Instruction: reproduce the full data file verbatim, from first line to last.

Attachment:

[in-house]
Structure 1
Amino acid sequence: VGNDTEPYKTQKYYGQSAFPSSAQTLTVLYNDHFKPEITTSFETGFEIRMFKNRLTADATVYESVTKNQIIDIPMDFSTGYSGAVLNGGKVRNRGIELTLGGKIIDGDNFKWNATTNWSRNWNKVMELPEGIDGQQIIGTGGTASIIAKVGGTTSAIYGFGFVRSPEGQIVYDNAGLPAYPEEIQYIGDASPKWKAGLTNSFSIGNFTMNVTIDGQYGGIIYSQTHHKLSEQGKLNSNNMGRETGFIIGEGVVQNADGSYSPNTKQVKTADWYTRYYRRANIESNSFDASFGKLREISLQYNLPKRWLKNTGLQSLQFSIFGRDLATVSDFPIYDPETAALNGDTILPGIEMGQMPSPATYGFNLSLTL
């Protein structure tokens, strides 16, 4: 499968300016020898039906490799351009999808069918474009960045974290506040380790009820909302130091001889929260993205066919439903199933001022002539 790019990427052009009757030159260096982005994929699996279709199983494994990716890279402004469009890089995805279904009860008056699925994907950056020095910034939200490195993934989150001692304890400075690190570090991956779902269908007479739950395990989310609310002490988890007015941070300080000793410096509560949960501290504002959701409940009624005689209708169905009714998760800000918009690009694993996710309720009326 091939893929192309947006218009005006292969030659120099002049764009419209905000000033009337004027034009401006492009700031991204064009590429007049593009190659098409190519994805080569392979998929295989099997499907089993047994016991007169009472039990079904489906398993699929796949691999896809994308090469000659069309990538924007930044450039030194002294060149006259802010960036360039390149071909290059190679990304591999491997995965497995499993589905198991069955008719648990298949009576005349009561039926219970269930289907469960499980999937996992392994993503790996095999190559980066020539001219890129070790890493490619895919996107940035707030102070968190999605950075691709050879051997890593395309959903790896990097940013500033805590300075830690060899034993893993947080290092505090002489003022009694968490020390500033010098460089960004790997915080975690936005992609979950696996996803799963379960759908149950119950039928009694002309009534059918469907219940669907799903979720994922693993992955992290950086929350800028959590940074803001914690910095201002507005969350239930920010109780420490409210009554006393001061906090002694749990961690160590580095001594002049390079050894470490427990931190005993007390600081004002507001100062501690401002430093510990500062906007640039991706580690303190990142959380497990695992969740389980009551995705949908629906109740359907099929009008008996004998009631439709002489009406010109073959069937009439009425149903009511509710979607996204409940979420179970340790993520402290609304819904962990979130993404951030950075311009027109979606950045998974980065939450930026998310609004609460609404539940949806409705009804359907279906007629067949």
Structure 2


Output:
[in-house]
Structure 1
Amino acid sequence: VGNDTEPYKTQKYYGQSAFPSSAQTLTVLYNDHFKPEITTSFETGFEIRMFKNRLTADATVYESVTKNQIIDIPMDFSTGYSGAVLNGGKVRNRGIELTLGGKIIDGDNFKWNATTNWSRNWNKVMELPEGIDGQQIIGTGGTASIIAKVGGTTSAIYGFGFVRSPEGQIVYDNAGLPAYPEEIQYIGDASPKWKAGLTNSFSIGNFTMNVTIDGQYGGIIYSQTHHKLSEQGKLNSNNMGRETGFIIGEGVVQNADGSYSPNTKQVKTADWYTRYYRRANIESNSFDASFGKLREISLQYNLPKRWLKNTGLQSLQFSIFGRDLATVSDFPIYDPETAALNGDTILPGIEMGQMPSPATYGFNLSLTL
């Protein structure tokens, strides 16, 4: 499968300016020898039906490799351009999808069918474009960045974290506040380790009820909302130091001889929260993205066919439903199933001022002539 790019990427052009009757030159260096982005994929699996279709199983494994990716890279402004469009890089995805279904009860008056699925994907950056020095910034939200490195993934989150001692304890400075690190570090991956779902269908007479739950395990989310609310002490988890007015941070300080000793410096509560949960501290504002959701409940009624005689209708169905009714998760800000918009690009694993996710309720009326 091939893929192309947006218009005006292969030659120099002049764009419209905000000033009337004027034009401006492009700031991204064009590429007049593009190659098409190519994805080569392979998929295989099997499907089993047994016991007169009472039990079904489906398993699929796949691999896809994308090469000659069309990538924007930044450039030194002294060149006259802010960036360039390149071909290059190679990304591999491997995965497995499993589905198991069955008719648990298949009576005349009561039926219970269930289907469960499980999937996992392994993503790996095999190559980066020539001219890129070790890493490619895919996107940035707030102070968190999605950075691709050879051997890593395309959903790896990097940013500033805590300075830690060899034993893993947080290092505090002489003022009694968490020390500033010098460089960004790997915080975690936005992609979950696996996803799963379960759908149950119950039928009694002309009534059918469907219940669907799903979720994922693993992955992290950086929350800028959590940074803001914690910095201002507005969350239930920010109780420490409210009554006393001061906090002694749990961690160590580095001594002049390079050894470490427990931190005993007390600081004002507001100062501690401002430093510990500062906007640039991706580690303190990142959380497990695992969740389980009551995705949908629906109740359907099929009008008996004998009631439709002489009406010109073959069937009439009425149903009511509710979607996204409940979420179970340790993520402290609304819904962990979130993404951030950075311009027109979606950045998974980065939450930026998310609004609460609404539940949806409705009804359907279906007629067949």
Structure 2